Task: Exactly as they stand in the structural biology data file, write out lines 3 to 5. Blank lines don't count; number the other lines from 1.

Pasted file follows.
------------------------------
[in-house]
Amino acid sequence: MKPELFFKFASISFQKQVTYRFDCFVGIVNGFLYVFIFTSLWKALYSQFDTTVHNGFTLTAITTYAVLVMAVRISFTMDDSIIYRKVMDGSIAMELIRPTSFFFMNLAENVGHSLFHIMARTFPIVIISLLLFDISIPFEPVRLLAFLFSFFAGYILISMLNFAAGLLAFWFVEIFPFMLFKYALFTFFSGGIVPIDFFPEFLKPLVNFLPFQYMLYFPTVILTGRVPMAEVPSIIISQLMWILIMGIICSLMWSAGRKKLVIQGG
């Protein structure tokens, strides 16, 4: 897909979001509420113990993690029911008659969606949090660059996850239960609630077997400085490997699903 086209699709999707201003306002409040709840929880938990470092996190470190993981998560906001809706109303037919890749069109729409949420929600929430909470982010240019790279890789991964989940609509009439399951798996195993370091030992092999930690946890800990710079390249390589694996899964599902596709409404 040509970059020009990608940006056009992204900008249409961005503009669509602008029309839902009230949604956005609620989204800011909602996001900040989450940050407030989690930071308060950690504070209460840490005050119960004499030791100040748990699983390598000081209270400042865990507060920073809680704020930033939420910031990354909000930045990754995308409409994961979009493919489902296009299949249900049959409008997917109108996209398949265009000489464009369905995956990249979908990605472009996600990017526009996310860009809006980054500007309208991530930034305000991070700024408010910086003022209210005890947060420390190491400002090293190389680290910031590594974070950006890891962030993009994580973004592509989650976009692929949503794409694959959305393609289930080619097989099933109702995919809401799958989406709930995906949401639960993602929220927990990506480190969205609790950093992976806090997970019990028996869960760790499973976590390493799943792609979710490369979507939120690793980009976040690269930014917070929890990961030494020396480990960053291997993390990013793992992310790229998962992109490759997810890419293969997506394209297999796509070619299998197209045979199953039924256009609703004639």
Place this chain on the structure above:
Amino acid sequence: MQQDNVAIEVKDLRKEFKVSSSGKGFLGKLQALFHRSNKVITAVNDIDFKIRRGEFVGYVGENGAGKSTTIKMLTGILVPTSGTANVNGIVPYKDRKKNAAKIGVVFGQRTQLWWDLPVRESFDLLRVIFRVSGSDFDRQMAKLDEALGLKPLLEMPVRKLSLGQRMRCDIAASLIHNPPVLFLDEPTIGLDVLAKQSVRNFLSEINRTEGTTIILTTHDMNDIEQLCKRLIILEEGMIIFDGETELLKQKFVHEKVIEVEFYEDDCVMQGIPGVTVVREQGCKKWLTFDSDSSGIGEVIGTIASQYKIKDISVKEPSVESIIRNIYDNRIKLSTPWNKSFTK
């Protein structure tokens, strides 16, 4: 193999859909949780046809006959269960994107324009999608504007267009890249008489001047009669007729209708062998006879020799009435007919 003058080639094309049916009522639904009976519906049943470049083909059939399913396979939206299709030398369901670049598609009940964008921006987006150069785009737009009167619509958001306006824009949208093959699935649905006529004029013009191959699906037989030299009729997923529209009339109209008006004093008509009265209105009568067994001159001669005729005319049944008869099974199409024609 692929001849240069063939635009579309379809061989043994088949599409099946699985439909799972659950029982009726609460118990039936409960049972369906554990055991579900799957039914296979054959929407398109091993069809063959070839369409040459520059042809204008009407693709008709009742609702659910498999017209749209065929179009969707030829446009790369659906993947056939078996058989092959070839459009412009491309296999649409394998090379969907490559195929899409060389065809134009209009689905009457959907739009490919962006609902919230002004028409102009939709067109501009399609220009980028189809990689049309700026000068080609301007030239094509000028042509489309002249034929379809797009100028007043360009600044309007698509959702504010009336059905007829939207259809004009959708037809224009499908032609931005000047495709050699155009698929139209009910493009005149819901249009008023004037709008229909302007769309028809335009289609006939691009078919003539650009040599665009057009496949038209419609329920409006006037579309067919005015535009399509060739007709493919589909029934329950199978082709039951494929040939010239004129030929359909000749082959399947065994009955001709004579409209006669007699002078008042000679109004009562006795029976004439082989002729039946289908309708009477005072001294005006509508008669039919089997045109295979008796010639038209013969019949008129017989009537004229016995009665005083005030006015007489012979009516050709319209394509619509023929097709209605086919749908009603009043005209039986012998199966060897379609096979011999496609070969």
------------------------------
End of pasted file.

């Protein structure tokens, strides 16, 4: 897909979001509420113990993690029911008659969606949090660059996850239960609630077997400085490997699903 086209699709999707201003306002409040709840929880938990470092996190470190993981998560906001809706109303037919890749069109729409949420929600929430909470982010240019790279890789991964989940609509009439399951798996195993370091030992092999930690946890800990710079390249390589694996899964599902596709409404 040509970059020009990608940006056009992204900008249409961005503009669509602008029309839902009230949604956005609620989204800011909602996001900040989450940050407030989690930071308060950690504070209460840490005050119960004499030791100040748990699983390598000081209270400042865990507060920073809680704020930033939420910031990354909000930045990754995308409409994961979009493919489902296009299949249900049959409008997917109108996209398949265009000489464009369905995956990249979908990605472009996600990017526009996310860009809006980054500007309208991530930034305000991070700024408010910086003022209210005890947060420390190491400002090293190389680290910031590594974070950006890891962030993009994580973004592509989650976009692929949503794409694959959305393609289930080619097989099933109702995919809401799958989406709930995906949401639960993602929220927990990506480190969205609790950093992976806090997970019990028996869960760790499973976590390493799943792609979710490369979507939120690793980009976040690269930014917070929890990961030494020396480990960053291997993390990013793992992310790229998962992109490759997810890419293969997506394209297999796509070619299998197209045979199953039924256009609703004639």
Place this chain on the structure above:
Amino acid sequence: MQQDNVAIEVKDLRKEFKVSSSGKGFLGKLQALFHRSNKVITAVNDIDFKIRRGEFVGYVGENGAGKSTTIKMLTGILVPTSGTANVNGIVPYKDRKKNAAKIGVVFGQRTQLWWDLPVRESFDLLRVIFRVSGSDFDRQMAKLDEALGLKPLLEMPVRKLSLGQRMRCDIAASLIHNPPVLFLDEPTIGLDVLAKQSVRNFLSEINRTEGTTIILTTHDMNDIEQLCKRLIILEEGMIIFDGETELLKQKFVHEKVIEVEFYEDDCVMQGIPGVTVVREQGCKKWLTFDSDSSGIGEVIGTIASQYKIKDISVKEPSVESIIRNIYDNRIKLSTPWNKSFTK